The Lewsey interview

Josh Lewsey’s last act in an England shirt was to propel them towards the World Cup final with his early try in that Paris semi-final that helped send the French crashing out. He hasn’t worn the red rose since, but is ready and waiting to be a part of what he says could be another golden era. In the July issue of IRN, we caught up with him, and in case you missed it, you can now read the full interview here…

When England were stumbling through a 2008 Six Nations campaign that was, at times, devoid of imagination and flair, seasoned rugby fans couldn’t help but wonder why Josh Lewsey, one of the most dynamic players in the Guinness Premiership, was struggling to get a look-in.

Iain Balshaw was looking increasingly uncomfortable under high balls booted in his direction as the tournament progressed and when a change at full-back was inevitable ahead of the Scotland clash, Brian Ashton preferred to move Danny Cipriani out of position before the young Wasps star delayed his debut with an illadvised late-night tour of London.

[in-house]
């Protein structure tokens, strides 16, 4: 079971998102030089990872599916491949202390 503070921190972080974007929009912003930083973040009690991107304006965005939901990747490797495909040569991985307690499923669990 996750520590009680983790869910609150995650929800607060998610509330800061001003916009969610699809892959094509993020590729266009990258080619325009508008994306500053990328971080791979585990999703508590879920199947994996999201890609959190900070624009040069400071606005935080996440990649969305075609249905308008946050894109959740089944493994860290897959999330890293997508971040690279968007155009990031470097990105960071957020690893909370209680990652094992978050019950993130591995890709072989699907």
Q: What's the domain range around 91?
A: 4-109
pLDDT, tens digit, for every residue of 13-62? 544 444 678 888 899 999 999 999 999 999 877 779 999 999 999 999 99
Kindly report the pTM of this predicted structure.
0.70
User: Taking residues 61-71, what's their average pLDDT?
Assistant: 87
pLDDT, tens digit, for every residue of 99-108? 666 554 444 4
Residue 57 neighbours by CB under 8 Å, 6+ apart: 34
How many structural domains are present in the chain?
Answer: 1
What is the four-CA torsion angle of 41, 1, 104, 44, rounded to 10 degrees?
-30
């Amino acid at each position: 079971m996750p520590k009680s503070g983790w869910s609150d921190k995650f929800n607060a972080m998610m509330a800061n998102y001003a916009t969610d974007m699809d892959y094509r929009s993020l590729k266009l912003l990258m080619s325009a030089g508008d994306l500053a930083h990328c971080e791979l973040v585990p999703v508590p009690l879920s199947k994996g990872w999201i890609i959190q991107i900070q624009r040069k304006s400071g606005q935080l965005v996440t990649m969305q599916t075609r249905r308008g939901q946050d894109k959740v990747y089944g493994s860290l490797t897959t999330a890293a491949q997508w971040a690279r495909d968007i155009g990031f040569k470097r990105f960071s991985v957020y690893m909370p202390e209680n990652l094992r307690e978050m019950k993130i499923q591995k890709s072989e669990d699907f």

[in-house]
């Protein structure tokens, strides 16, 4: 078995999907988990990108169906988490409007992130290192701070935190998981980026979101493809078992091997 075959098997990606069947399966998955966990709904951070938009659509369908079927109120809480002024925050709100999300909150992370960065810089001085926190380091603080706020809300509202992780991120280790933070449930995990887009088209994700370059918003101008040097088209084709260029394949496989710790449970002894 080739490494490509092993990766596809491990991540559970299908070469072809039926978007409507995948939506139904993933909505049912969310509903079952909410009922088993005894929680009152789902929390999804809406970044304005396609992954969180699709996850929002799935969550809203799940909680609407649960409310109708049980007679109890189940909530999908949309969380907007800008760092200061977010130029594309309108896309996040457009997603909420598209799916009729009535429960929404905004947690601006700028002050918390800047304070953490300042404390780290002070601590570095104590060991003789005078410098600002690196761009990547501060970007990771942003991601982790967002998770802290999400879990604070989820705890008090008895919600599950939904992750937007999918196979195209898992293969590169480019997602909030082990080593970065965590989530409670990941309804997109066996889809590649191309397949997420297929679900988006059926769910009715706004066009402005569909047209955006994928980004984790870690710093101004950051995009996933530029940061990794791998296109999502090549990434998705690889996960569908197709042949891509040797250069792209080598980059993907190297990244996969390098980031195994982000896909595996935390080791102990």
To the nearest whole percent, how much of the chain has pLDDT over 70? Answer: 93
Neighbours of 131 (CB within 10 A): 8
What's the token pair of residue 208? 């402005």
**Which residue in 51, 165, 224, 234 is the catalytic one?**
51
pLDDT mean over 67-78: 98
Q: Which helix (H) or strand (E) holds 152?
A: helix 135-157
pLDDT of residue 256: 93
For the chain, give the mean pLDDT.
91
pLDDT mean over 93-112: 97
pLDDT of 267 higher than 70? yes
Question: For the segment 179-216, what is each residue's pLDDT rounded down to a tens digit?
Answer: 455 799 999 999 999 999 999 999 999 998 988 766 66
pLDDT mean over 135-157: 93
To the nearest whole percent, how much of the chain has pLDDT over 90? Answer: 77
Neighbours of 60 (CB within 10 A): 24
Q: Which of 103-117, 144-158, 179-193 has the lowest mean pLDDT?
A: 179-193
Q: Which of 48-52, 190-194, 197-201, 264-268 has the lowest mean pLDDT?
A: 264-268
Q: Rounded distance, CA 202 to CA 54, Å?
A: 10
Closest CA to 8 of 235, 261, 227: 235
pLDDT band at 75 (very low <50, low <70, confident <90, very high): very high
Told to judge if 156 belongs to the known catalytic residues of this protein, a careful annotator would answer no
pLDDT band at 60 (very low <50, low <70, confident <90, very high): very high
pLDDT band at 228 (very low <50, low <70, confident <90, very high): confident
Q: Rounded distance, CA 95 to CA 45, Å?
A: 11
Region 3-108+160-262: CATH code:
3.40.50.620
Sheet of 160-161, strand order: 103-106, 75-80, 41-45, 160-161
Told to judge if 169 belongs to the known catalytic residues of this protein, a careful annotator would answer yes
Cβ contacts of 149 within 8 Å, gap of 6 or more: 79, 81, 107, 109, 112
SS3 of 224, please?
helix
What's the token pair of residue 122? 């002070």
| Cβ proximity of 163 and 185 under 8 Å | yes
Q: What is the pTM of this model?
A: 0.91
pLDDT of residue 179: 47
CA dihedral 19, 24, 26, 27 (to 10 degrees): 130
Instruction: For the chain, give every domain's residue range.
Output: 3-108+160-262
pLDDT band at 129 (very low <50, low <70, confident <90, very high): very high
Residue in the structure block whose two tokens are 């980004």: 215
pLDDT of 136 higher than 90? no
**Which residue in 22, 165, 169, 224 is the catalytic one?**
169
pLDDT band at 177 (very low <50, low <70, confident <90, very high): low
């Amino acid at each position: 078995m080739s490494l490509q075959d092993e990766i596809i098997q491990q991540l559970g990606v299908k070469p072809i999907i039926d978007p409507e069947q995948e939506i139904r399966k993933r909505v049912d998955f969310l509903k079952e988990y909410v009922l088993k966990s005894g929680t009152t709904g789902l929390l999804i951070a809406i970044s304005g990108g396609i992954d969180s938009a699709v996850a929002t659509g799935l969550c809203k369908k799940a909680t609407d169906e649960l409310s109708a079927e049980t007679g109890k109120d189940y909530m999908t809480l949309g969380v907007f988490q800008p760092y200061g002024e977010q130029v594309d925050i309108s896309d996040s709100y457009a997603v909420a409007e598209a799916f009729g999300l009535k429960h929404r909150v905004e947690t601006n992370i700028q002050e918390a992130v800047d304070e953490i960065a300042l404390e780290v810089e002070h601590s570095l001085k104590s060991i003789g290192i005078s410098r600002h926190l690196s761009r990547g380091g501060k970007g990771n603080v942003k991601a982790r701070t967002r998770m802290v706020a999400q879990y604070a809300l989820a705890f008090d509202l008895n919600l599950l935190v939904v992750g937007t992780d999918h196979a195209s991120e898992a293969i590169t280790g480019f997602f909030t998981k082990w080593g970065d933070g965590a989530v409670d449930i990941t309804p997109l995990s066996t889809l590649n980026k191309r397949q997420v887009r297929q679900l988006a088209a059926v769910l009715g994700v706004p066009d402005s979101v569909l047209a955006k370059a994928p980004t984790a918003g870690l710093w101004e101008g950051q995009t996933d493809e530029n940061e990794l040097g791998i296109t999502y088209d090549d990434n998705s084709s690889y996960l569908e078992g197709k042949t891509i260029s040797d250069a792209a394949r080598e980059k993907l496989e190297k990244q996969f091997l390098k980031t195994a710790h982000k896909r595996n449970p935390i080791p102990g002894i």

What never seemed to be considered was a return to the international fray for Lewsey - a man who was proving instrumental in Wasps’ revival in the league and an explosive athlete with experience at the game’s very highest level.

That led to the obvious question: What has Josh Lewsey done wrong? To his credit, Lewsey, who also missed out on England’s summer tour of New Zealand with injury, is the ultimate professional and while he would like to have been involved in the Six Nations, he kept his head down, his mouth shut and let his rugby do the talking with Wasps.

“Was I disappointed to be left out? Yes, of course there was disappointment,” he admits. “But in all honesty I was really happy with my form for Wasps and felt the club was really going places. We were dynamic, we were winning games and I was enjoying my rugby.

“Playing for England is great but it’s only great if you’re winning and it’s a set-up taking you where you should be. Let’s face it, England should be consistently there or thereabouts as the best team in the world with the resources that we have. You’ve got to be part of a set-up where you feel everybody is moving in the same direction - that’s ultimately what players want.”

Lewsey, who made his England debut during the infamous ‘Tour from Hell’ in 1998, was a key member of Clive Woodward’s World Cupwinning team in 2003. He scored five tries in the 111-13 defeat of Uruguay and was seen by many as the final piece in England’s championship-winning puzzle.